exams · health policy · MS-1

First, my big news: I got the summer internship I applied for at the American Academy of Pediatrics! It’s mainly child health advocacy stuff, things like insurance and immunization, and apparently involves going to Congressional hearings. Woot! It’s such a relief to have my summer taken care of, so I can start planning a short vacation. (Last summer? *sigh*)

Three exams next week, but no anatomy. So I’m sitting here twiddling my thumbs, wondering what more I can do. I’ve gone over my notes, taken ten exams from previous years (overkill? but they reuse questions like mad); I’ve even made flashcards for things that they specifically told us won’t be on the exam.

Anatomy is just such a time drain for me — it’s not intuitive at all, and the exams test ridiculous (and often incorrect) detail from a book whose last edition was printed when I was in elementary school. Even after five months, I still find cadaveric dissection emotionally challenging. (Unfortunately, I appear to be a sap. Damn.) So usually, anatomy dominates my study time to the point where I fall behind in everything else. I know that’s what’s going to happen in March, when we have our last anatomy exam.

Interestingly, the last time we had an exam block that did not include anatomy, I felt the same way — like I had adequate time to prepare for the other classes. The difficulty of classes, at least at this school, is all over the map. On one hand, you have Anatomy of Doom; on the other, human development, which is the biggest joke in the world. (If you show up to take the exam, you pass. I know someone last block who bubbled in C for every answer. And passed.) Most of our other courses fall somewhere in the middle.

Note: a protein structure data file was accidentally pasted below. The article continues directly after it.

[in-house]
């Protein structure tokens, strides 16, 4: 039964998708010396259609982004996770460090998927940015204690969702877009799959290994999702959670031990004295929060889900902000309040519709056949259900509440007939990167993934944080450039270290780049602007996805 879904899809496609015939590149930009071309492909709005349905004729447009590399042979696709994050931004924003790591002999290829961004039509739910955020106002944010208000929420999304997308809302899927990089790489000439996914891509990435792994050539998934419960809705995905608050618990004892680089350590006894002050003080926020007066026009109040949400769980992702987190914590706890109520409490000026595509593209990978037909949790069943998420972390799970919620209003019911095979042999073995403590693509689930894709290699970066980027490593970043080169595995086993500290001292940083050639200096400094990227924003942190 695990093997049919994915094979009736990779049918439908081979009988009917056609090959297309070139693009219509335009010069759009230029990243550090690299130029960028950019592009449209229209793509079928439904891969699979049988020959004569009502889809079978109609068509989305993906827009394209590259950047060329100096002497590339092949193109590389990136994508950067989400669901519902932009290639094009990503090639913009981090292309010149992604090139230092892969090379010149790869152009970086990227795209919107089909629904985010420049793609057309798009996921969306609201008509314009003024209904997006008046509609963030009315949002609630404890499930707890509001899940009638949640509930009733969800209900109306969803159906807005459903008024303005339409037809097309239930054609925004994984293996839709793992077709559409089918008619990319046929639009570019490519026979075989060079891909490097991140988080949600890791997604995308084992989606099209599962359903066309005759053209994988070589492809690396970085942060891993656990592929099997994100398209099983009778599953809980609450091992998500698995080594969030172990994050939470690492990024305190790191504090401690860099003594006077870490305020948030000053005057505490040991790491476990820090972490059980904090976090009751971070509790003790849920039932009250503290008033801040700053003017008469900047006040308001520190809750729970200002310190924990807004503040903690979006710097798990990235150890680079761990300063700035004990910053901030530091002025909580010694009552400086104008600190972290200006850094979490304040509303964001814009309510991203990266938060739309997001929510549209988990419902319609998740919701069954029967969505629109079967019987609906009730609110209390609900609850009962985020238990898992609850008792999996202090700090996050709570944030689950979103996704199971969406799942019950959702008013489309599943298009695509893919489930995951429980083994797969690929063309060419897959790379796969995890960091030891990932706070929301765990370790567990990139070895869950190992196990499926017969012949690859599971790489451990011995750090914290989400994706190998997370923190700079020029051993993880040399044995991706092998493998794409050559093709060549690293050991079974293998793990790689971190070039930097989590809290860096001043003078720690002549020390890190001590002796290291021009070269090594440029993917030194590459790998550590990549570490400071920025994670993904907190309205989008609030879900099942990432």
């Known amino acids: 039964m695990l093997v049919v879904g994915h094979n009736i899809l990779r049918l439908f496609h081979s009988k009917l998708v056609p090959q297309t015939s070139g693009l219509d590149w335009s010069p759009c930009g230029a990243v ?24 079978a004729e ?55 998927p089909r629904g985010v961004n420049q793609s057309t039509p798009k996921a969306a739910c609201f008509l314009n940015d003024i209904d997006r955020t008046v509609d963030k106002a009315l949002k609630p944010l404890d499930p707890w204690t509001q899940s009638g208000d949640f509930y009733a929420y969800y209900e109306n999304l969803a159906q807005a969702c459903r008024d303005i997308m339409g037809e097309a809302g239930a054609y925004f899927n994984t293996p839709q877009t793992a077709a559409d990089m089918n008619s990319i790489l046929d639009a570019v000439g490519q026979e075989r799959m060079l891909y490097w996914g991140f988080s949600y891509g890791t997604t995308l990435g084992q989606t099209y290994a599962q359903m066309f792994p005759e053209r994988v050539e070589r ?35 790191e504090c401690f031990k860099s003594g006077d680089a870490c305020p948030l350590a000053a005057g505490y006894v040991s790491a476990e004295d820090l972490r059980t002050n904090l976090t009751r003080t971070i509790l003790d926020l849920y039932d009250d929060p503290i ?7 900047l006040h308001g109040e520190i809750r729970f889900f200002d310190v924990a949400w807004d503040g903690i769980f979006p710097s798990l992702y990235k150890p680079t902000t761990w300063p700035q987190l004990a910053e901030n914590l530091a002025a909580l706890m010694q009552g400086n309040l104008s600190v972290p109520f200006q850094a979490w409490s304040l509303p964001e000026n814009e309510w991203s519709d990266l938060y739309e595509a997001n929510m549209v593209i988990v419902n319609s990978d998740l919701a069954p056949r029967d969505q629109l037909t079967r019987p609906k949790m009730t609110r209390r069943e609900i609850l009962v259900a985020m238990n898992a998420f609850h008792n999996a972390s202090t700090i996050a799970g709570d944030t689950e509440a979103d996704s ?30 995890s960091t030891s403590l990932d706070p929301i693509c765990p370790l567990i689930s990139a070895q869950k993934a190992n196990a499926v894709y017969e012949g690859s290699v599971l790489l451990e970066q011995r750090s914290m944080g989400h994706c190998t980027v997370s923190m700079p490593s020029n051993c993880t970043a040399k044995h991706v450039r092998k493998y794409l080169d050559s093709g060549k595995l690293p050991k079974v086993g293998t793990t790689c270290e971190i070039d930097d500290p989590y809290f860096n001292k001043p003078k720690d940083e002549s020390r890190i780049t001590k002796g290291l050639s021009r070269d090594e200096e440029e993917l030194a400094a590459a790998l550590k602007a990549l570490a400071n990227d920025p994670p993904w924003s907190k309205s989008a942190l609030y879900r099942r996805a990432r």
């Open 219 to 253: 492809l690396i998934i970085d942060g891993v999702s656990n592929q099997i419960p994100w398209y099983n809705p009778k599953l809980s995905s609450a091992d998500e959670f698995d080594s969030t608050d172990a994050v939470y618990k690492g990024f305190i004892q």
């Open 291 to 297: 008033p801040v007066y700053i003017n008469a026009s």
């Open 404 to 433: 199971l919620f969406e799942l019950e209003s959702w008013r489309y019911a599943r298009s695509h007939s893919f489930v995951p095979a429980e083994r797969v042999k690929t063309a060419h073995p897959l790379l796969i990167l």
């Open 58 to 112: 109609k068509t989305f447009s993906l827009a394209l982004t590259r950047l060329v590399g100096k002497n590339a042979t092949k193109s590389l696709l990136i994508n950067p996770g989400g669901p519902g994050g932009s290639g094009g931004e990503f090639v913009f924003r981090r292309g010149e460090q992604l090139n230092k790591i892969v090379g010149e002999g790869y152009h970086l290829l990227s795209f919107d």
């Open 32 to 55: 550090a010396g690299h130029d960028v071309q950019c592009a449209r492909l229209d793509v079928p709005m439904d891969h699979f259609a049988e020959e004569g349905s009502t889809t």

Is this what life after anatomy will be like? Free time?

Now playing: NYMC – Studyback
via FoxyTunes


4 thoughts on “

  1. Wow! Should I be concerned about our system of medical education? How egregious are these inaccuracies in your anatomy text?

    Congrats on the internship! I definitely want to hear more about it this summer.

  2. They are pretty awful. “The carotid arteries supply blood to the heart and neck.” Unfortunately, many of the mistakes are less obvious, or rely on outdated (and in at least one case, entirely made-up) explanations.

Leave a Reply

Fill in your details below or click an icon to log in:

WordPress.com Logo

You are commenting using your WordPress.com account. Log Out / Change )

Twitter picture

You are commenting using your Twitter account. Log Out / Change )

Facebook photo

You are commenting using your Facebook account. Log Out / Change )

Google+ photo

You are commenting using your Google+ account. Log Out / Change )

Connecting to %s